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For both Stella and myself, living holistically means living green. I am a trained crystal healer with my own crystal healing practice – Ingleside Healing. We have been ‘Living Green’ for years – reduce, reuse and recycle was our way of life long before the catchphrase was invented! We grow a good deal of our own fruit and vegetables, we compost everything, we recycle everything we possibly can – and when we haven’t any further use for something we freecycle it! A few years ago we started to install green technology as well.
Visit our website by clicking http://inglesidehealing.co.uk/green-living.
It is true to say that our motives were (and are) distinctly altruistic. We simply regarded these installations as ways we could do something positive to help the planet, using money we could afford to spend. We did not regard these as financial investments, needing to make a return – more as investments in our future, and the future of the planet. Which probably makes us unusual!
The bungalow was built in the 1950s and has a detached barn – it used to be a smallholding. We purchased the property in 1996.
We had solar hot water installed and then designed and built our own rainwater harvesting system, which combined with the solar thermal, supplies all our hot water. We have also installed PV panels and a wind turbine to produce electricity. As well as installing renewable energy technologies we have insulated our house and installed double and triple glazing.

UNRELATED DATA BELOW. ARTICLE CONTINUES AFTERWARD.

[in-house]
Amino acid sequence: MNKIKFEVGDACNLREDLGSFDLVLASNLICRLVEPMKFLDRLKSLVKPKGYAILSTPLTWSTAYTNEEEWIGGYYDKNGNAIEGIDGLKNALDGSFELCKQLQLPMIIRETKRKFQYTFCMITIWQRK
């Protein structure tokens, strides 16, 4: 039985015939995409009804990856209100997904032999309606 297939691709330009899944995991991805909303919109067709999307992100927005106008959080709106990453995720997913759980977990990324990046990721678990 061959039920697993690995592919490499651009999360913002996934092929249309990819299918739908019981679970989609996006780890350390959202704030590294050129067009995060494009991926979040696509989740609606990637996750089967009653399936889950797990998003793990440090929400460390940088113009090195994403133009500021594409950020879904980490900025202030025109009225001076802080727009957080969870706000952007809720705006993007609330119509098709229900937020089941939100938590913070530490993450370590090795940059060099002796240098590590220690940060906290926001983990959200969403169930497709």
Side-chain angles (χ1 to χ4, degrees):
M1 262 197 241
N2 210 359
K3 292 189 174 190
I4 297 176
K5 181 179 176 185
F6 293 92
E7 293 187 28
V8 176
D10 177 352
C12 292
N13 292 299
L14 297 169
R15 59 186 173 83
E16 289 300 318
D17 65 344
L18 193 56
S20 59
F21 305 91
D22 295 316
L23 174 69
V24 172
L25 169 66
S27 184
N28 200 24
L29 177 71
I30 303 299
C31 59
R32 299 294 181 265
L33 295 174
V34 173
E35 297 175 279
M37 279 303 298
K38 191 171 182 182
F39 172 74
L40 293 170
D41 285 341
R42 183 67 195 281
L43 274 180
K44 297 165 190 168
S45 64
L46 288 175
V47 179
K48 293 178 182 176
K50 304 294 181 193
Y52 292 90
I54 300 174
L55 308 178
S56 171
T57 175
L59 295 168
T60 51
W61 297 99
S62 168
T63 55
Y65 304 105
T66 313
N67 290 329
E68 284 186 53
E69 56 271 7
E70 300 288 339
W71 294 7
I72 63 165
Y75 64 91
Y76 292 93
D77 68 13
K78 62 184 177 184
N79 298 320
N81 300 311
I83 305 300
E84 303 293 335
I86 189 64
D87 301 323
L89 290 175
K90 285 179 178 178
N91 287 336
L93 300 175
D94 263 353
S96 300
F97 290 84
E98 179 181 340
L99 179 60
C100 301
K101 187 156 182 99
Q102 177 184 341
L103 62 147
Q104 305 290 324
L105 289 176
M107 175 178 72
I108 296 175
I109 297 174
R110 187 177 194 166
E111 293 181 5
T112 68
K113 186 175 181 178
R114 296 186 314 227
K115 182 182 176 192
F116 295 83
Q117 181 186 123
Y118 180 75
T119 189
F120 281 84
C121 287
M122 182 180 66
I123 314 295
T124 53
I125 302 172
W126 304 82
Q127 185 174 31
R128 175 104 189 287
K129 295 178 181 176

The cavity insulation has made a huge difference to the warmth of the house, particularly when the east wind blows.
The PV has exceeded predicted outputs and we are very pleased with the solar thermal panels. In the first eight months (December to July) the solar thermal generated 1400 units of electricity of which 800 have been exported. As it has an integral solar powered pump, the solar thermal system does not use mains electricity. It moves water through the panel so that when the sun is hot, the pump runs fast and moves the water through the panel quicker. When the weather is cooler the pump runs more slowly, giving the water longer in the panel to get hot – up to 70°C in the summer. But it certainly does save money – in the summer we often go for days at a time without needing to spend anything at all on heating water. In a good summer we’ve gone 5 weeks continuously just on the solar panel. In the winter we find that 5-10 minutes with the immersion heater in the evening is all that is needed to boost the temperature for washing up.